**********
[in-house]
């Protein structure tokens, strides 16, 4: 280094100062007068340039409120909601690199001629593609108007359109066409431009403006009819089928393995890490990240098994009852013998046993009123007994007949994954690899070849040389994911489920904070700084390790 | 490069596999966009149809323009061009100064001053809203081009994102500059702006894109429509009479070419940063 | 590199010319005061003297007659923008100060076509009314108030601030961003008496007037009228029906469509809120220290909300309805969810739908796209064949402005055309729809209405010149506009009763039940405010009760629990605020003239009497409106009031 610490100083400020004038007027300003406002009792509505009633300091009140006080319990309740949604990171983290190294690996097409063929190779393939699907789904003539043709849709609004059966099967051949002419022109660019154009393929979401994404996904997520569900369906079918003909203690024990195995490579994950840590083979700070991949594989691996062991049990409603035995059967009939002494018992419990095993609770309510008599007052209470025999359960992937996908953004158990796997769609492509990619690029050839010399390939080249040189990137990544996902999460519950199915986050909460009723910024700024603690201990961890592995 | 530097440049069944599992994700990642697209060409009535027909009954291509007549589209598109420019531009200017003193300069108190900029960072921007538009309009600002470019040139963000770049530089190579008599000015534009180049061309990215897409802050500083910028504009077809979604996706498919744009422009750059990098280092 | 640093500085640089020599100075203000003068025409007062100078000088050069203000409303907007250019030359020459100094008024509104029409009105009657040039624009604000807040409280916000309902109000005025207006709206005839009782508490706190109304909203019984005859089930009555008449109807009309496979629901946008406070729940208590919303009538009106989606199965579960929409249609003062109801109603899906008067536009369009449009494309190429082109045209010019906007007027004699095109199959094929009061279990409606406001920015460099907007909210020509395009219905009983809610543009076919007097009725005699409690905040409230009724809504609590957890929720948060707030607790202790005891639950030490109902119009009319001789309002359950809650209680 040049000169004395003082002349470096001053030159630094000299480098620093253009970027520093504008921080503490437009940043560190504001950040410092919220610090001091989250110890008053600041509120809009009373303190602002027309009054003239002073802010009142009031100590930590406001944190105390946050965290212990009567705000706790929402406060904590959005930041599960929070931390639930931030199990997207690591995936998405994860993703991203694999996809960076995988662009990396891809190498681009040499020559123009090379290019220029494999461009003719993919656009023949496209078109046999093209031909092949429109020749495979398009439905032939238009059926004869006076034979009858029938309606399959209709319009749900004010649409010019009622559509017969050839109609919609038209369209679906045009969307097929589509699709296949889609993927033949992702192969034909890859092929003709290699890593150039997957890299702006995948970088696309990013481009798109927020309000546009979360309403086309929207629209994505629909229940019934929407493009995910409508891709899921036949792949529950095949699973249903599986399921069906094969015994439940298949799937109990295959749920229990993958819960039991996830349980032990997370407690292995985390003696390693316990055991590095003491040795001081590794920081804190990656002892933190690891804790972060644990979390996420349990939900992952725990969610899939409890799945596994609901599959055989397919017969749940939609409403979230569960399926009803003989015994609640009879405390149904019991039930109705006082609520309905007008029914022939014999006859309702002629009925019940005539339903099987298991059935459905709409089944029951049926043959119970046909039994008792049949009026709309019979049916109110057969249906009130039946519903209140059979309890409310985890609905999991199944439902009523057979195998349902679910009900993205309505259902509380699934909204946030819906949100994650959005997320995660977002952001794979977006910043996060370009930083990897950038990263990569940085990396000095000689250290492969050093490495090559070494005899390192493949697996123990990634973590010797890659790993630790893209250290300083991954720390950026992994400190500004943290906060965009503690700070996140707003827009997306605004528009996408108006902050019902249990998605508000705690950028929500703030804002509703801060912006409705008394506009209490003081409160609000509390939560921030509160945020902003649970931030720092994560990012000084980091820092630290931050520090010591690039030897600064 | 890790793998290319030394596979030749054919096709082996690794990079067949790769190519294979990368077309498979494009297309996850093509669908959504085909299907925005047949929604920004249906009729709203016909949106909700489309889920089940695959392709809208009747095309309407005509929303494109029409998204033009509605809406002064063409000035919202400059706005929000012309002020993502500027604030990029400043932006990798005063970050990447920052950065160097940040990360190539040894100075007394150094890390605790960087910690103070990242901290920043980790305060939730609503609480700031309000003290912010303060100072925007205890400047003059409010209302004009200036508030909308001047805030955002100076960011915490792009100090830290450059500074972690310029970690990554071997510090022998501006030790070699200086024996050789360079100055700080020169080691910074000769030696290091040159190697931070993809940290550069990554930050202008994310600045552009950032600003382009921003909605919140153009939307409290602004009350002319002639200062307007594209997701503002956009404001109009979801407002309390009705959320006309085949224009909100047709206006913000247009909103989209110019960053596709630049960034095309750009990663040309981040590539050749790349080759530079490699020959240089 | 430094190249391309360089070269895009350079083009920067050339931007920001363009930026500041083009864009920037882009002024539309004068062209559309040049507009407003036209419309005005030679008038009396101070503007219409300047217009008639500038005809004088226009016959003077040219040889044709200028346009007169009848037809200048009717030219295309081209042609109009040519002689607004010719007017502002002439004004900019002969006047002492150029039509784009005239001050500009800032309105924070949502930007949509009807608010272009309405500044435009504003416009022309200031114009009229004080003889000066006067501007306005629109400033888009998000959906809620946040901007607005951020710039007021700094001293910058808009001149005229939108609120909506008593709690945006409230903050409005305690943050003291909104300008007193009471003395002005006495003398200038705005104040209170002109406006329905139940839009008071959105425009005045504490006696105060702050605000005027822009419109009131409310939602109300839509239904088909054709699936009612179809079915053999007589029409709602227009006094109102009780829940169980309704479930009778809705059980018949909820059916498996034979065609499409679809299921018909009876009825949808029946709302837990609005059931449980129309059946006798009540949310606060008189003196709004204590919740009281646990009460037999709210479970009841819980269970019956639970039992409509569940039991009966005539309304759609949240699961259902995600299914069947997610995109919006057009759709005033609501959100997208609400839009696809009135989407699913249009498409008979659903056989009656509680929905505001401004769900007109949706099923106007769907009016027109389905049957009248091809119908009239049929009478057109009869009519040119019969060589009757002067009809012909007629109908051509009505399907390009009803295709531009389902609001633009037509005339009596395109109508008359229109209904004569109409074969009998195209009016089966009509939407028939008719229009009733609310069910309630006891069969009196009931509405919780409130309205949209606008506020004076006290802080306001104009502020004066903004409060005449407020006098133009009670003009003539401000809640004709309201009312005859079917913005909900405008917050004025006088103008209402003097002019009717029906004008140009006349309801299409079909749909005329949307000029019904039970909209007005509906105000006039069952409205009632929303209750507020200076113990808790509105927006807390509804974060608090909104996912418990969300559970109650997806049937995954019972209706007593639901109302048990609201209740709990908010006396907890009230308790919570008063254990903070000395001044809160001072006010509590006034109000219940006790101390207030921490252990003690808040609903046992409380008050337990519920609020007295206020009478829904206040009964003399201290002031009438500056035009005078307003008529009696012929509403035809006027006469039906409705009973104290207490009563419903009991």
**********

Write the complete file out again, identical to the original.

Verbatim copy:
[in-house]
């Protein structure tokens, strides 16, 4: 280094100062007068340039409120909601690199001629593609108007359109066409431009403006009819089928393995890490990240098994009852013998046993009123007994007949994954690899070849040389994911489920904070700084390790 | 490069596999966009149809323009061009100064001053809203081009994102500059702006894109429509009479070419940063 | 590199010319005061003297007659923008100060076509009314108030601030961003008496007037009228029906469509809120220290909300309805969810739908796209064949402005055309729809209405010149506009009763039940405010009760629990605020003239009497409106009031 610490100083400020004038007027300003406002009792509505009633300091009140006080319990309740949604990171983290190294690996097409063929190779393939699907789904003539043709849709609004059966099967051949002419022109660019154009393929979401994404996904997520569900369906079918003909203690024990195995490579994950840590083979700070991949594989691996062991049990409603035995059967009939002494018992419990095993609770309510008599007052209470025999359960992937996908953004158990796997769609492509990619690029050839010399390939080249040189990137990544996902999460519950199915986050909460009723910024700024603690201990961890592995 | 530097440049069944599992994700990642697209060409009535027909009954291509007549589209598109420019531009200017003193300069108190900029960072921007538009309009600002470019040139963000770049530089190579008599000015534009180049061309990215897409802050500083910028504009077809979604996706498919744009422009750059990098280092 | 640093500085640089020599100075203000003068025409007062100078000088050069203000409303907007250019030359020459100094008024509104029409009105009657040039624009604000807040409280916000309902109000005025207006709206005839009782508490706190109304909203019984005859089930009555008449109807009309496979629901946008406070729940208590919303009538009106989606199965579960929409249609003062109801109603899906008067536009369009449009494309190429082109045209010019906007007027004699095109199959094929009061279990409606406001920015460099907007909210020509395009219905009983809610543009076919007097009725005699409690905040409230009724809504609590957890929720948060707030607790202790005891639950030490109902119009009319001789309002359950809650209680 040049000169004395003082002349470096001053030159630094000299480098620093253009970027520093504008921080503490437009940043560190504001950040410092919220610090001091989250110890008053600041509120809009009373303190602002027309009054003239002073802010009142009031100590930590406001944190105390946050965290212990009567705000706790929402406060904590959005930041599960929070931390639930931030199990997207690591995936998405994860993703991203694999996809960076995988662009990396891809190498681009040499020559123009090379290019220029494999461009003719993919656009023949496209078109046999093209031909092949429109020749495979398009439905032939238009059926004869006076034979009858029938309606399959209709319009749900004010649409010019009622559509017969050839109609919609038209369209679906045009969307097929589509699709296949889609993927033949992702192969034909890859092929003709290699890593150039997957890299702006995948970088696309990013481009798109927020309000546009979360309403086309929207629209994505629909229940019934929407493009995910409508891709899921036949792949529950095949699973249903599986399921069906094969015994439940298949799937109990295959749920229990993958819960039991996830349980032990997370407690292995985390003696390693316990055991590095003491040795001081590794920081804190990656002892933190690891804790972060644990979390996420349990939900992952725990969610899939409890799945596994609901599959055989397919017969749940939609409403979230569960399926009803003989015994609640009879405390149904019991039930109705006082609520309905007008029914022939014999006859309702002629009925019940005539339903099987298991059935459905709409089944029951049926043959119970046909039994008792049949009026709309019979049916109110057969249906009130039946519903209140059979309890409310985890609905999991199944439902009523057979195998349902679910009900993205309505259902509380699934909204946030819906949100994650959005997320995660977002952001794979977006910043996060370009930083990897950038990263990569940085990396000095000689250290492969050093490495090559070494005899390192493949697996123990990634973590010797890659790993630790893209250290300083991954720390950026992994400190500004943290906060965009503690700070996140707003827009997306605004528009996408108006902050019902249990998605508000705690950028929500703030804002509703801060912006409705008394506009209490003081409160609000509390939560921030509160945020902003649970931030720092994560990012000084980091820092630290931050520090010591690039030897600064 | 890790793998290319030394596979030749054919096709082996690794990079067949790769190519294979990368077309498979494009297309996850093509669908959504085909299907925005047949929604920004249906009729709203016909949106909700489309889920089940695959392709809208009747095309309407005509929303494109029409998204033009509605809406002064063409000035919202400059706005929000012309002020993502500027604030990029400043932006990798005063970050990447920052950065160097940040990360190539040894100075007394150094890390605790960087910690103070990242901290920043980790305060939730609503609480700031309000003290912010303060100072925007205890400047003059409010209302004009200036508030909308001047805030955002100076960011915490792009100090830290450059500074972690310029970690990554071997510090022998501006030790070699200086024996050789360079100055700080020169080691910074000769030696290091040159190697931070993809940290550069990554930050202008994310600045552009950032600003382009921003909605919140153009939307409290602004009350002319002639200062307007594209997701503002956009404001109009979801407002309390009705959320006309085949224009909100047709206006913000247009909103989209110019960053596709630049960034095309750009990663040309981040590539050749790349080759530079490699020959240089 | 430094190249391309360089070269895009350079083009920067050339931007920001363009930026500041083009864009920037882009002024539309004068062209559309040049507009407003036209419309005005030679008038009396101070503007219409300047217009008639500038005809004088226009016959003077040219040889044709200028346009007169009848037809200048009717030219295309081209042609109009040519002689607004010719007017502002002439004004900019002969006047002492150029039509784009005239001050500009800032309105924070949502930007949509009807608010272009309405500044435009504003416009022309200031114009009229004080003889000066006067501007306005629109400033888009998000959906809620946040901007607005951020710039007021700094001293910058808009001149005229939108609120909506008593709690945006409230903050409005305690943050003291909104300008007193009471003395002005006495003398200038705005104040209170002109406006329905139940839009008071959105425009005045504490006696105060702050605000005027822009419109009131409310939602109300839509239904088909054709699936009612179809079915053999007589029409709602227009006094109102009780829940169980309704479930009778809705059980018949909820059916498996034979065609499409679809299921018909009876009825949808029946709302837990609005059931449980129309059946006798009540949310606060008189003196709004204590919740009281646990009460037999709210479970009841819980269970019956639970039992409509569940039991009966005539309304759609949240699961259902995600299914069947997610995109919006057009759709005033609501959100997208609400839009696809009135989407699913249009498409008979659903056989009656509680929905505001401004769900007109949706099923106007769907009016027109389905049957009248091809119908009239049929009478057109009869009519040119019969060589009757002067009809012909007629109908051509009505399907390009009803295709531009389902609001633009037509005339009596395109109508008359229109209904004569109409074969009998195209009016089966009509939407028939008719229009009733609310069910309630006891069969009196009931509405919780409130309205949209606008506020004076006290802080306001104009502020004066903004409060005449407020006098133009009670003009003539401000809640004709309201009312005859079917913005909900405008917050004025006088103008209402003097002019009717029906004008140009006349309801299409079909749909005329949307000029019904039970909209007005509906105000006039069952409205009632929303209750507020200076113990808790509105927006807390509804974060608090909104996912418990969300559970109650997806049937995954019972209706007593639901109302048990609201209740709990908010006396907890009230308790919570008063254990903070000395001044809160001072006010509590006034109000219940006790101390207030921490252990003690808040609903046992409380008050337990519920609020007295206020009478829904206040009964003399201290002031009438500056035009005078307003008529009696012929509403035809006027006469039906409705009973104290207490009563419903009991």